Part of the Senda de los Cazadores follows the GR 11 long-distance trail. One of this route's highlights is the Calcilarruego viewpoint (Mirador de Calcilarruego), which offers views across the Ordesa Valley. You can pick up this looped trail from Pradera de Ordesa. The walk is approximately 19 km (12 mi) in length.
Posets–Maladeta Natural Park (Parque Natural Posets-Maladeta) is another Pyrenean park in Aragon, covering an area of approximately 334.4 sq km (129 sq mi). Perched on the French border, Posets–Maladeta Natural Park centers around the Maladeta Massif and includes the Pyrenees' two highest summits, Aneto and Pico Posets (3,371 m / 11,060 ft).
Aneto is a strenuous trek but is more straightforward than you would expect from the roof of the Pyrenees. Regardless, Aneto is only suitable for experienced mountaineers. Crampons and an ice axe are essential equipment when hiking Aneto.
The most popular route crosses the glacier north of Pico de Aneto. You start this hike from the Párking de La Besurta before stopping at the Refugio de la Renclusa (2,138 m / 7,014 ft) at the foot of the Maladeta Massif.
The view from Aneto's summit is sublime, with the Maladeta massif to the northwest and the Alto Aragon to the south. This looped trail is approximately 14 km (8.5 mi) in length.
Towering over the Añes Cruces Valley, Posets is another must for seasoned mountain climbers. With its unique shape, it's one of the most striking mountains in the Maladeta Massif. The high slopes are frequently snow-covered, even in summer, so bring appropriate equipment.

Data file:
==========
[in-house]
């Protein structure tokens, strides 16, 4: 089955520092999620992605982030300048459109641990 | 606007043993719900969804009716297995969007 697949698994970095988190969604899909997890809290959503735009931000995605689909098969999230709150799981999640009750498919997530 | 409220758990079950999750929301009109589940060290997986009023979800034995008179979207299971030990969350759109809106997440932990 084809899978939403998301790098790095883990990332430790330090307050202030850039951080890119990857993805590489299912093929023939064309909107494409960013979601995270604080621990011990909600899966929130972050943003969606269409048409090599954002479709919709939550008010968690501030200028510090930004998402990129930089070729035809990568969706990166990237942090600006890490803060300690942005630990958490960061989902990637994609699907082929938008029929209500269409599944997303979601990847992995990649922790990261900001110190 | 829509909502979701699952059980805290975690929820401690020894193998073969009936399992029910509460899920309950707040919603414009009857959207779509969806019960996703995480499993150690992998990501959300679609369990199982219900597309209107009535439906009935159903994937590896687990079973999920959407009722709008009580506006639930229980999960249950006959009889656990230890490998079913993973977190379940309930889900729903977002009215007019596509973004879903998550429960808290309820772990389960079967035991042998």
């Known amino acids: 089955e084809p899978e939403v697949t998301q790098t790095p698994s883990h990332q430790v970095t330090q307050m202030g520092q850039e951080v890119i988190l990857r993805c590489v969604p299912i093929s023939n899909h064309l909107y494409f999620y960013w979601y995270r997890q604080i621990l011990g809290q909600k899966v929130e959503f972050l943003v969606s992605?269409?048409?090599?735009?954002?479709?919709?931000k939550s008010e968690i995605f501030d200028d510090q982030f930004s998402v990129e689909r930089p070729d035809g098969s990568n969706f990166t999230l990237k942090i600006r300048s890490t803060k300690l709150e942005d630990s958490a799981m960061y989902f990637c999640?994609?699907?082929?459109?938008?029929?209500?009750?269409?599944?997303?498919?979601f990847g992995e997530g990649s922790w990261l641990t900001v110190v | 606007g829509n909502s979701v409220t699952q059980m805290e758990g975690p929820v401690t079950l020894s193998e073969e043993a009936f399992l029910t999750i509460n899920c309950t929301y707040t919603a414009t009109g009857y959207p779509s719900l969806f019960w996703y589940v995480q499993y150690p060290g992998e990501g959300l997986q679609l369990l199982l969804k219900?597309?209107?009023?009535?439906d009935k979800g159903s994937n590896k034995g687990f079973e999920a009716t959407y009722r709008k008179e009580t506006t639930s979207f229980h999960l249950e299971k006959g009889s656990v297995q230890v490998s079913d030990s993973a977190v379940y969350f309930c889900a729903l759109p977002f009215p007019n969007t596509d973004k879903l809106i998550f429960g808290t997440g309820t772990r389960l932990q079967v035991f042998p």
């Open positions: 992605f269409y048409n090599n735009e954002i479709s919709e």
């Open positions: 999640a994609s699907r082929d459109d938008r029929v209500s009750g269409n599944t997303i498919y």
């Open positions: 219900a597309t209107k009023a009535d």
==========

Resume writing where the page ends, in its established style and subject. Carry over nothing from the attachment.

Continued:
You should approach Posets from the southeast, starting at the Cascada de la Espigantosa. The Refugio Angel Orus (2,150 m / 7,053 ft) sits along the route. This out-and-back trail is approximately 15.2 km (9.4 mi) in length.
Moncayo Natural Park (Parque Natural del Moncayo) is located in western Zaragoza, covering an area of approximately 110 sq km (42.5 sq mi). It centers around the Moncayo Range within the Sistema Ibérico.
Moncayo is one of Spain's most popular hiking destinations and is home to Moncayo, the second most prominent mountain in Aragon after Aneto. Due to its popularity, Moncayo is well-connected with regular buses to and from the park.
The most popular way to climb Moncayo is from the Restaurante Santuario del Moncayo via Fuente de la Jarra. This route is challenging, so bring appropriate hiking equipment.
From atop Moncayo, it's possible to see the highest summits in the Pyrenees on a clear day. This out-and-back trail is approximately 7.5 km (4.5 mi) in length.
Sierra y Cañones de Guara Natural Park (Parque Natural de la Sierra y los Cañones de Guara) is located in Huesca, covering an area of approximately 474.5 sq km (183 sq mi). The park's main feature is the Sierra de Guara mountain massif, part of the Pre-Pyrenees.
Several rivers run through this limestone massif, eventually flowing into the Ebro. These rivers have created dramatic gorges, the most famous of which is the Rio Vero Canyon, home to the infamous Ruta de las Pasarelas. The picturesque village of Alquézar sits on a stone outcrop just west of the gorge.
The Ruta de las Pasarelas is a series of footbridges that weave along the gorge's rock face following the final length of the Rio Vero. The footpath is terrific for birdwatching and provides beautiful views of the Colegiatte of Alquézar church.
Note that the Ruta de las Pasarelas is a ticketed attraction for anyone over the age of 12. The starting point is the Plaza Rafael Ayerbe, where you can purchase tickets. This out-and-back trail is approximately 3 km (1.8 mi) in length.
Consider climbing Tozal de Guara if you're searching for a serious mountain hike in Sierra y Cañones de Guara Natural Park. The park's highest summit, Tozal de Guara, is the roof of the Pre-Pyrenees and is considered a challenging hike due to its gradient and inaccessibility.
The "normal" route to Tozal de Guara is the easiest and presents no genuine difficulties, but it is the longest way to the summit. You can pick up this trail to the mountain's south, starting from Santa Cilia de Panzano. The trail leads along the massif's ridge over Punta Vallemona (1,873 m / 6,145 ft). This walk is a 23 km (14 mi) round-trip.